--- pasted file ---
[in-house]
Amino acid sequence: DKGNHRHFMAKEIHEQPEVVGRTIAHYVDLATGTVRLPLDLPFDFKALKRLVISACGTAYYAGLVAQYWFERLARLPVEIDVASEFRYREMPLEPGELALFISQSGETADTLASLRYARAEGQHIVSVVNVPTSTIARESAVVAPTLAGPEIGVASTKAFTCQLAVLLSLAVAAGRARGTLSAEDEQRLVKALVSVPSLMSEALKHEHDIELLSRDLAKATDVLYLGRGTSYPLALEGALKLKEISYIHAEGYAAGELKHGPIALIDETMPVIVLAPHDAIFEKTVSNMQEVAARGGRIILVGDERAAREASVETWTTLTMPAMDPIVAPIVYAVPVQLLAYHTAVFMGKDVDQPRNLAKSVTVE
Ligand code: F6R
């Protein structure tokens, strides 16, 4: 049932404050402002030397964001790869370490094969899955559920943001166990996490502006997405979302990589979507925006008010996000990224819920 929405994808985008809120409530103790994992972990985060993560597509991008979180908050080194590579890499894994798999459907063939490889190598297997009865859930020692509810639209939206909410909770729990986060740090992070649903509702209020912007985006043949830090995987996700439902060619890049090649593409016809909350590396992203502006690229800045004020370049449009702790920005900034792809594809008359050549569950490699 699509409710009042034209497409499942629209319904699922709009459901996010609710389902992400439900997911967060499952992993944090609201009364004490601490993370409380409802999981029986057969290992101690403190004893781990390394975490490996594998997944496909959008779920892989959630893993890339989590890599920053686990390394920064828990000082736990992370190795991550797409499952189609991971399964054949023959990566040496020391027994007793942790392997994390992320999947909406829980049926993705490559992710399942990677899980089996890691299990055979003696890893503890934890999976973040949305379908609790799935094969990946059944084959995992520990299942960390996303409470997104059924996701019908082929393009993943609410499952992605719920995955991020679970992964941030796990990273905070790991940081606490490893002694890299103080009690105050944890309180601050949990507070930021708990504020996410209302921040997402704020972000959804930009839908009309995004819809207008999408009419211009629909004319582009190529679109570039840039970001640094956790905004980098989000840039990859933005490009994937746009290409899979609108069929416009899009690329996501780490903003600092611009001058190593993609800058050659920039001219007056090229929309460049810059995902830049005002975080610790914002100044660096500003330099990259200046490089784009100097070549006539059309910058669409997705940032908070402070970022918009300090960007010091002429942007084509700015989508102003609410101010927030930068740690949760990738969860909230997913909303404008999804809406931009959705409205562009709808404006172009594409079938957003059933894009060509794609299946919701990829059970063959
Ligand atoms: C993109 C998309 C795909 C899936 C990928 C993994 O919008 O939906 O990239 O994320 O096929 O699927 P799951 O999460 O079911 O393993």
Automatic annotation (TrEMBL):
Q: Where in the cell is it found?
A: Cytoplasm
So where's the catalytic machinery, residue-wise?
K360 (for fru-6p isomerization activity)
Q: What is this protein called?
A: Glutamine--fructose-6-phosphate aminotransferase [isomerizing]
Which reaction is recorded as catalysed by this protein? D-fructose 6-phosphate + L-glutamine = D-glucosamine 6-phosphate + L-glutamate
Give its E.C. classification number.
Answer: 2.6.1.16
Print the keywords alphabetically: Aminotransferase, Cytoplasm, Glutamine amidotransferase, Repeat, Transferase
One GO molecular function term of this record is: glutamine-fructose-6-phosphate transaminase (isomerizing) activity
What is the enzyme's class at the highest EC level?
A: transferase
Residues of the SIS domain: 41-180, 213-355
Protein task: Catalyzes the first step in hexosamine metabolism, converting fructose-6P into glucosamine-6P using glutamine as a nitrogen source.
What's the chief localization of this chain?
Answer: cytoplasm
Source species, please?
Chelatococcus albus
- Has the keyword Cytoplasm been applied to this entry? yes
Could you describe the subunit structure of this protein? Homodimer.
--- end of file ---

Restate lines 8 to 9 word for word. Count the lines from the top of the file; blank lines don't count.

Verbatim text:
A: Cytoplasm
So where's the catalytic machinery, residue-wise?